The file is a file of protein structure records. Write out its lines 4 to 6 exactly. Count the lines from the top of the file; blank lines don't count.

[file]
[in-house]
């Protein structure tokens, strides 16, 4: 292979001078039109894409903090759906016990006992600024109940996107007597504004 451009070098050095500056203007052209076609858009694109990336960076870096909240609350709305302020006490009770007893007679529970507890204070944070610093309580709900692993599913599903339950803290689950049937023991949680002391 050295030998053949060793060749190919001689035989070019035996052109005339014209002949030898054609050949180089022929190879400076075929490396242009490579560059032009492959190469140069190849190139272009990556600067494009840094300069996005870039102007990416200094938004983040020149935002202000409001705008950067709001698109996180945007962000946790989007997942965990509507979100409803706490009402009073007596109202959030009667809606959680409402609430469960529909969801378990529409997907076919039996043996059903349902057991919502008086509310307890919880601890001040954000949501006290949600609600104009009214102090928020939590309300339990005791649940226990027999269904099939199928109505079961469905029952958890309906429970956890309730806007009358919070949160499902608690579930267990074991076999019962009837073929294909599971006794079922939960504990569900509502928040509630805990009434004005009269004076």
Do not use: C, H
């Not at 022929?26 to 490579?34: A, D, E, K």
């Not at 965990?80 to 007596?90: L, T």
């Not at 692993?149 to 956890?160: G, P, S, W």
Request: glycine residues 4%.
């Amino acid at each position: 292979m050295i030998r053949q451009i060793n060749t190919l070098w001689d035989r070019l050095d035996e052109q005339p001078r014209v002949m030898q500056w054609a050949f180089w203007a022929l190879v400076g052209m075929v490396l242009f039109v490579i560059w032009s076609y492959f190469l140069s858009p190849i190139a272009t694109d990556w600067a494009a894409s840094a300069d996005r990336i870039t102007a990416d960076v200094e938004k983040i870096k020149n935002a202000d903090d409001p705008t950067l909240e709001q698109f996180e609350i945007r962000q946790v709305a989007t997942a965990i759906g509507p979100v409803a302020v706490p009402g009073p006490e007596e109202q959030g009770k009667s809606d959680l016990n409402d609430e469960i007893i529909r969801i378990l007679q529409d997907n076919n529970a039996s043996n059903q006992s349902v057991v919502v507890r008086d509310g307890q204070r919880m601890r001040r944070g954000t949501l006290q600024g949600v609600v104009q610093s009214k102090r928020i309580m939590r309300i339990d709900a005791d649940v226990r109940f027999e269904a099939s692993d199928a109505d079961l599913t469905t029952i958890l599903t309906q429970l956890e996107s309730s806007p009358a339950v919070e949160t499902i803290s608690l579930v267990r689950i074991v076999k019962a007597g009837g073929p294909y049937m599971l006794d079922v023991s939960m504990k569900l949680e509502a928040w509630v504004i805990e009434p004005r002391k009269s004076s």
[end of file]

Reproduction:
């Not at 022929?26 to 490579?34: A, D, E, K």
């Not at 965990?80 to 007596?90: L, T």
């Not at 692993?149 to 956890?160: G, P, S, W």